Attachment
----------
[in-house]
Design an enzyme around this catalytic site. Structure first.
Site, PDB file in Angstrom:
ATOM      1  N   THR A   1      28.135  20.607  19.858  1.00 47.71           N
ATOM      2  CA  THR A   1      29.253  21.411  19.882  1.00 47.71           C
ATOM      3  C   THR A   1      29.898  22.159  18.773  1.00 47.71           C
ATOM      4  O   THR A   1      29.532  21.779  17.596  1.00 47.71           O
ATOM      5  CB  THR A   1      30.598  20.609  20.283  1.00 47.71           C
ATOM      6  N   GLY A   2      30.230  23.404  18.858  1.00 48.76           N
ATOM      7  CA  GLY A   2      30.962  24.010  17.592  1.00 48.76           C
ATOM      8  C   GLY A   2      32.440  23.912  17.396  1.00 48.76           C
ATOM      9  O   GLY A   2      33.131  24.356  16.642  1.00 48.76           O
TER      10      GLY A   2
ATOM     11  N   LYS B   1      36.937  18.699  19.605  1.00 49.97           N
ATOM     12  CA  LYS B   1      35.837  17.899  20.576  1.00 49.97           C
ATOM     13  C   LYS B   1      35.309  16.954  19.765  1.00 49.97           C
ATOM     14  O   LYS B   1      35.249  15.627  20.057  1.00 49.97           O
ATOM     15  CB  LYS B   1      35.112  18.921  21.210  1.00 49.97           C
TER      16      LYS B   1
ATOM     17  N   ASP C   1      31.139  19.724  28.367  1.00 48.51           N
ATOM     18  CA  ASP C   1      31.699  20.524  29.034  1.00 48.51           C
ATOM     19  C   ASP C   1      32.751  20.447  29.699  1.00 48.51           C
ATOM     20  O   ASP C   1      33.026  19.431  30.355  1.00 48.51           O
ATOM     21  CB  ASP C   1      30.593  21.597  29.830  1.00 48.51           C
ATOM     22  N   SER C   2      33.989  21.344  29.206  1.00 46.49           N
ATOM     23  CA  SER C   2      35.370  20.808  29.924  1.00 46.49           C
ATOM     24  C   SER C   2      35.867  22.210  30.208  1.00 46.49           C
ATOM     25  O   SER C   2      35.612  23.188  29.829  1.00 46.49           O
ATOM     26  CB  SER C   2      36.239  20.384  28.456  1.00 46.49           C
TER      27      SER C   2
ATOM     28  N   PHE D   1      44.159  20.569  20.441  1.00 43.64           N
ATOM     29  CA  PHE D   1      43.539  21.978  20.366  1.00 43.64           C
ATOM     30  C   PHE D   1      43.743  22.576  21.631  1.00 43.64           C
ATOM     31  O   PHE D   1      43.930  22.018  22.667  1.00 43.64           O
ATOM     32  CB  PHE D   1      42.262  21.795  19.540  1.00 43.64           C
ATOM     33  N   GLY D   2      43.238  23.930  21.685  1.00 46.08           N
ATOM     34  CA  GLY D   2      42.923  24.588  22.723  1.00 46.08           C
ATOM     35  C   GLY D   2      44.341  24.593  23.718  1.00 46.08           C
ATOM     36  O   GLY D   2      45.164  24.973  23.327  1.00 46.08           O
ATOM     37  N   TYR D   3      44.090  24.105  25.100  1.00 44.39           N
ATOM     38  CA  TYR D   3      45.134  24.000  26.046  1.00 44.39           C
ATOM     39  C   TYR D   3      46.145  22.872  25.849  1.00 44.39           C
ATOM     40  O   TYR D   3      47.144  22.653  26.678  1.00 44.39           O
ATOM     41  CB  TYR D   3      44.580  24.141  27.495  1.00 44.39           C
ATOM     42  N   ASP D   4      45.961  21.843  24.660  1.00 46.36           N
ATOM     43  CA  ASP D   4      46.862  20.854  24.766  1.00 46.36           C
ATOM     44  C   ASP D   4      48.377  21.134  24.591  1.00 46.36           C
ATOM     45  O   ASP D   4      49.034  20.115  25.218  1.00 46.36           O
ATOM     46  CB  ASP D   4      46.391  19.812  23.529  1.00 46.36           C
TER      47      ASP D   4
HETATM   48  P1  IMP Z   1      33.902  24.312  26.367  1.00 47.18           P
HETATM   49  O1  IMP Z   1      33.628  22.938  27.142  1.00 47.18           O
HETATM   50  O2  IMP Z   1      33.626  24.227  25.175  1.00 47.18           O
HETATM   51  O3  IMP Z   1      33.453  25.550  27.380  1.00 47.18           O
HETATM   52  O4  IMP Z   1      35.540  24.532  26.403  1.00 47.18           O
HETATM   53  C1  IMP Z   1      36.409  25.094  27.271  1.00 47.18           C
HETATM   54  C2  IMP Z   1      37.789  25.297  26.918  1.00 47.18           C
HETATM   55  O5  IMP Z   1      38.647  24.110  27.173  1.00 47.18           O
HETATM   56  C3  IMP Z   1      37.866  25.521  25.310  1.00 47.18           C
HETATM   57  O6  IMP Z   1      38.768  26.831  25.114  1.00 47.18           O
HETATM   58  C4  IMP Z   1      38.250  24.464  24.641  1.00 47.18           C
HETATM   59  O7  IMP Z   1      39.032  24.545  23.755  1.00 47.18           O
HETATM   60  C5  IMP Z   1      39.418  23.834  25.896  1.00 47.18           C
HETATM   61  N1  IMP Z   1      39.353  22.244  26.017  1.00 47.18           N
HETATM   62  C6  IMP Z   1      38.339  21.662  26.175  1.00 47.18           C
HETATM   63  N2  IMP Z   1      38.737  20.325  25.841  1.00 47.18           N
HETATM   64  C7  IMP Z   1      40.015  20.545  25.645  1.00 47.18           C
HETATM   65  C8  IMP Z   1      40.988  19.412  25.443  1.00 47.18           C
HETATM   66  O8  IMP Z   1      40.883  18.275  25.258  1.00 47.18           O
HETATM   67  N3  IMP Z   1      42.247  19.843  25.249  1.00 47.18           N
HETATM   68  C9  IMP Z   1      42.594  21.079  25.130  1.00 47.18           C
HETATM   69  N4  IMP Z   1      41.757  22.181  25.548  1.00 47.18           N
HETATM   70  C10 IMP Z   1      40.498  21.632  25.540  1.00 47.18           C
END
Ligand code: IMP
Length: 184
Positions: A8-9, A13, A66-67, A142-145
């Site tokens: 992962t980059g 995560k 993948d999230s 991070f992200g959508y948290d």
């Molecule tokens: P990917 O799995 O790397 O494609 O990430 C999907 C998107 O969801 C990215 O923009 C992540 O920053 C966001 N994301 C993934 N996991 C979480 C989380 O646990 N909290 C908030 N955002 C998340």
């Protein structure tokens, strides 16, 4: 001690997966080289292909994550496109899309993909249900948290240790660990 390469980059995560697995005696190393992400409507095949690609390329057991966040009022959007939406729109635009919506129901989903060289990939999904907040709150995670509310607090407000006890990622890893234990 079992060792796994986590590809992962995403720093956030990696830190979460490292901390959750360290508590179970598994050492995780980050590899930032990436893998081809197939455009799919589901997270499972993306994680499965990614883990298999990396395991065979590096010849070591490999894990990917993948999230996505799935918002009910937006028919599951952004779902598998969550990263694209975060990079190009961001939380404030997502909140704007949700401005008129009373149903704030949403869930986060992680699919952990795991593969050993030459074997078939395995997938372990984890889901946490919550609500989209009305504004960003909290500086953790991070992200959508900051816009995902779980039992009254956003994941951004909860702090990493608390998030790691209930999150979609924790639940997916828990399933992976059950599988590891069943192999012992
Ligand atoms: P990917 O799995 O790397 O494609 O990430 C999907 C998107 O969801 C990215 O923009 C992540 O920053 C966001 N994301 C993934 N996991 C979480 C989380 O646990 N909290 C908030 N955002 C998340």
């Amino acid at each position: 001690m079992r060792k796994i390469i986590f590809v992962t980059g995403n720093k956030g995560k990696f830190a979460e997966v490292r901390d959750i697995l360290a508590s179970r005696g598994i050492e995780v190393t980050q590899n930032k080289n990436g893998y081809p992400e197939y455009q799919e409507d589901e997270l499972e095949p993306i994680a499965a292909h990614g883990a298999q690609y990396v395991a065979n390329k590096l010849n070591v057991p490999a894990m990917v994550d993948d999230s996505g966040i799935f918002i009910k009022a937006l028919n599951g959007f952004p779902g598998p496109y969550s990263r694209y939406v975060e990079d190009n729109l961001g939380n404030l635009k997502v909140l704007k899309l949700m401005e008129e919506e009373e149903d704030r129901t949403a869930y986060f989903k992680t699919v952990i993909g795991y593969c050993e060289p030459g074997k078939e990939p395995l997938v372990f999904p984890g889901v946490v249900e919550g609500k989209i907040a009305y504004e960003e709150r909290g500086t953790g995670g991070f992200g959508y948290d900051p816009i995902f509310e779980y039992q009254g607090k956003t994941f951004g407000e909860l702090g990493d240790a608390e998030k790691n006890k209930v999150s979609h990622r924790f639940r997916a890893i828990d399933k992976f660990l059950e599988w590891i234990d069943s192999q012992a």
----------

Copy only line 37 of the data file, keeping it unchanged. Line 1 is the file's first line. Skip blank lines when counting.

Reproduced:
ATOM     34  CA  GLY D   2      42.923  24.588  22.723  1.00 46.08           C